I’ve been a big fan of Microsoft’s two factor authentication (2FA) client since day one and I’m also one of the tester’s. My only concern, as I wrote nearly a year ago in https://blogs.msmvps.com/connectedhome/2017/05/27/multi-factor-authentication-app-backup-and-usage-strategies/ is what might happen if my iPhone was damaged and I needed a quick replacement. That concern is no more! Backup and Recovery is rolling out for iOS testers.
There’s a whole lot of Creatives in the Microsoft Surface Answers Forum complaining that after installing Cumulative Update KB4089848 that the pen drags the canvas around instead of drawing. Uninstalling the KB fixes this (and this is the first I’ve seen that functionality changed dramatically after installing a Cumulative update, but you never never know. And now there may be a “fix” to return to “legacy” behavior
Microsoft has published current pricing (in US Dollars) for those needing an out of warranty exchange for Surface devices (refurbished devices with a 90 day warranty). Until the end of March, the cost to replace a Surface Pro 3 was $450.00. It’s now jumped to $599.00. This is upsetting customers afflicted by the fallout from Batterygate and other issues. That’s a lot of money for this device and you definitely can do better looking elsewhere if you want to replace your sick SP3 with another SP3.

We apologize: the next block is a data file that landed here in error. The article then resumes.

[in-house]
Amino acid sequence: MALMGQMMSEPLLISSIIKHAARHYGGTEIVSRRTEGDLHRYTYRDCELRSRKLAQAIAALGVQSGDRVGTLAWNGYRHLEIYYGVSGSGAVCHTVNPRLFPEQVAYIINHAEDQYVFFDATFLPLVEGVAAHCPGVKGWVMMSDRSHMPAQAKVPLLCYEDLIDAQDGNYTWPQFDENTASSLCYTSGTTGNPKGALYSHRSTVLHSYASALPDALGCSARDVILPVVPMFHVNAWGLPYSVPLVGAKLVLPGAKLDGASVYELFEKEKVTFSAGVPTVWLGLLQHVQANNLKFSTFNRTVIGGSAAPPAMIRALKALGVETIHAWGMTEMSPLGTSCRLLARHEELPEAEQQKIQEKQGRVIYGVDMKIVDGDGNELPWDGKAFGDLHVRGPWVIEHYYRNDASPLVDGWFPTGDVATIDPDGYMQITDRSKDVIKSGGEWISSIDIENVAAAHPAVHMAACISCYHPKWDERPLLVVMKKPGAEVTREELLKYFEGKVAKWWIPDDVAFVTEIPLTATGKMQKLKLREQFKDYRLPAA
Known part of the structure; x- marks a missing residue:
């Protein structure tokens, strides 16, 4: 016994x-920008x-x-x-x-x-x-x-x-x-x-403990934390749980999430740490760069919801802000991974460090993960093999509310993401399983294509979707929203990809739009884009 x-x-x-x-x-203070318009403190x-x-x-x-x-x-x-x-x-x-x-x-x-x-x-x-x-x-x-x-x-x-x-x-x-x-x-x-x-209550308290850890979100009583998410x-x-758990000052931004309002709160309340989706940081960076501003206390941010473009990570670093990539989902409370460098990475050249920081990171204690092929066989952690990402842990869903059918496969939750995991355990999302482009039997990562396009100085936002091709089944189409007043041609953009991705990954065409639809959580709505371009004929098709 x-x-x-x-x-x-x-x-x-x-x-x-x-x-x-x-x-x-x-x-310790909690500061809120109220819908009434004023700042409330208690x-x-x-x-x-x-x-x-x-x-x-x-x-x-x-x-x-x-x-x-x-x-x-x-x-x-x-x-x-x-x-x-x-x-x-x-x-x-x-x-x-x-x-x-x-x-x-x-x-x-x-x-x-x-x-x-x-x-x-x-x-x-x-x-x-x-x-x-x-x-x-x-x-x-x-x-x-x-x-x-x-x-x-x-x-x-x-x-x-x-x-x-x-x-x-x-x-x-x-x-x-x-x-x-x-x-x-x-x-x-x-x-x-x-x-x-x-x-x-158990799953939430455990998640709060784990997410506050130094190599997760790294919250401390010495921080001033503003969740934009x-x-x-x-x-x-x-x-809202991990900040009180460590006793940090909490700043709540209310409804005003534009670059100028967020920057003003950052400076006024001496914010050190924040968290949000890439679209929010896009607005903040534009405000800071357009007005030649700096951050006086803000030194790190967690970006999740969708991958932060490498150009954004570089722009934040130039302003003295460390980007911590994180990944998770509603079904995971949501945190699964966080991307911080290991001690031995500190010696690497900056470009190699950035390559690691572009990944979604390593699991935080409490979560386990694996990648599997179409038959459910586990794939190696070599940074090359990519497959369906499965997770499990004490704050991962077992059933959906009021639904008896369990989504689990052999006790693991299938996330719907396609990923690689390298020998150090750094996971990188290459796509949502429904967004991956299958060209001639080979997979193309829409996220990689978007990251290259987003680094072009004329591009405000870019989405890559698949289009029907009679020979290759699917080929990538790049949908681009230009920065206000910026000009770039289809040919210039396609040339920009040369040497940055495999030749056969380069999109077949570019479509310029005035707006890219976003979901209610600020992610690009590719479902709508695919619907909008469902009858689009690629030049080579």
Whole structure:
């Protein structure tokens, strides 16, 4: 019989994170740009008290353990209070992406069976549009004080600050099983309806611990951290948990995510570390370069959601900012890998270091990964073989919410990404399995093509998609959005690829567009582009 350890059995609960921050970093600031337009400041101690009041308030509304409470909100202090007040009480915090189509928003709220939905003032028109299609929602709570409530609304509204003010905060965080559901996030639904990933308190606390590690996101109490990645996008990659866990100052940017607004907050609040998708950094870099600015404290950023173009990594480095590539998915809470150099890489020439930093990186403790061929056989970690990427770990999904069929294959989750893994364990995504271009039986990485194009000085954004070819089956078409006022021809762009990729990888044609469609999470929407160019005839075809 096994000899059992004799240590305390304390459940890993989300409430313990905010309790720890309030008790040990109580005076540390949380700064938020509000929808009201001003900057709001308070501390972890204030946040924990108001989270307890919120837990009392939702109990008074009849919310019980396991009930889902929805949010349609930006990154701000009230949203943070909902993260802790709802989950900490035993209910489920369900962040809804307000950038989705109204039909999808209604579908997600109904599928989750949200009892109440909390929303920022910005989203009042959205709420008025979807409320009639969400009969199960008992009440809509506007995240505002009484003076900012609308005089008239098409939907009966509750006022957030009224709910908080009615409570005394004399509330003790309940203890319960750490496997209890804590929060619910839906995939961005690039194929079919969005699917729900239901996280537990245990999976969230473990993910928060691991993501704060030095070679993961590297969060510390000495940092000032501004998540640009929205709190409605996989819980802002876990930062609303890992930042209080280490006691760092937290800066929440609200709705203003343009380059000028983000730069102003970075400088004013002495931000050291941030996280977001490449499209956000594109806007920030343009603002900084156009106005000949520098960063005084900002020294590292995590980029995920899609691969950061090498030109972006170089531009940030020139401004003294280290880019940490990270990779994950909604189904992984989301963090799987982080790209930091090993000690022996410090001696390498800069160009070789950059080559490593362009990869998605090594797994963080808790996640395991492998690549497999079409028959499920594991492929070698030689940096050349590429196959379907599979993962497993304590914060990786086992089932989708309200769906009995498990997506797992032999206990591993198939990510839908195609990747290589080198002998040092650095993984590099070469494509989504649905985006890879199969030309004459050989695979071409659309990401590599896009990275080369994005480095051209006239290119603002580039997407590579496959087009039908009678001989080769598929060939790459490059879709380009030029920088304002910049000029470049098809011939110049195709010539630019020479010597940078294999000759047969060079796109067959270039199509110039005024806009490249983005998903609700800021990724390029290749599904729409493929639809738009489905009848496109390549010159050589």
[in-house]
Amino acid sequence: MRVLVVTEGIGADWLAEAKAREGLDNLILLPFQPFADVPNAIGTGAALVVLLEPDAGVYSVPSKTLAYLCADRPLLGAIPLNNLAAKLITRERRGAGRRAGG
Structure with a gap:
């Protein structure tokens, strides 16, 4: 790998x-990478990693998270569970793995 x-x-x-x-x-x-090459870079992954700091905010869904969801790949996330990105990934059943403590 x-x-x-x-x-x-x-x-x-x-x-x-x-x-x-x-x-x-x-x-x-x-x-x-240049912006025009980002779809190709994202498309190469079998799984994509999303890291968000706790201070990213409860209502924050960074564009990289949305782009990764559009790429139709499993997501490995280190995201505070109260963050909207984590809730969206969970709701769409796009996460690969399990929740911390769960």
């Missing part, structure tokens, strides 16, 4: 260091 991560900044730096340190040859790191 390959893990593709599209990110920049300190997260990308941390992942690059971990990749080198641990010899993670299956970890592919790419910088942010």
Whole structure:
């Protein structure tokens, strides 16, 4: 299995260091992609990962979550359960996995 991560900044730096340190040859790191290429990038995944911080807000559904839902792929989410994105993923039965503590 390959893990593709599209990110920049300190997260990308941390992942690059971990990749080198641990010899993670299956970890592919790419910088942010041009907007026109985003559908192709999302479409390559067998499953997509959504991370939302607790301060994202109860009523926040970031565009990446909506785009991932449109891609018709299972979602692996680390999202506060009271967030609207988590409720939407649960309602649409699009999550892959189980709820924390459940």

Progressive Web Apps (PWA) are web apps that feature a native Windows app experience, and can use features like push notifications. The addition of Service Worker support in EdgeHTML makes this all possible. Other platforms (iOS, Android) have had this support for a while. PWA’s can be defined to run as standalone, run in browser, or minimal UI. Microsoft has been using Bing crawlers to find existing “high quality” PWA enabled sites and will be automatically adding some of these to the Windows Store (and later letting site owners to claim these apps and augment them).
I decided to get a head start on this technology and have gone through the process to produce a PWA for digitalmediaphile.com which runs on WordPress. It took some “fiddling” so I am sharing the process here. Continue reading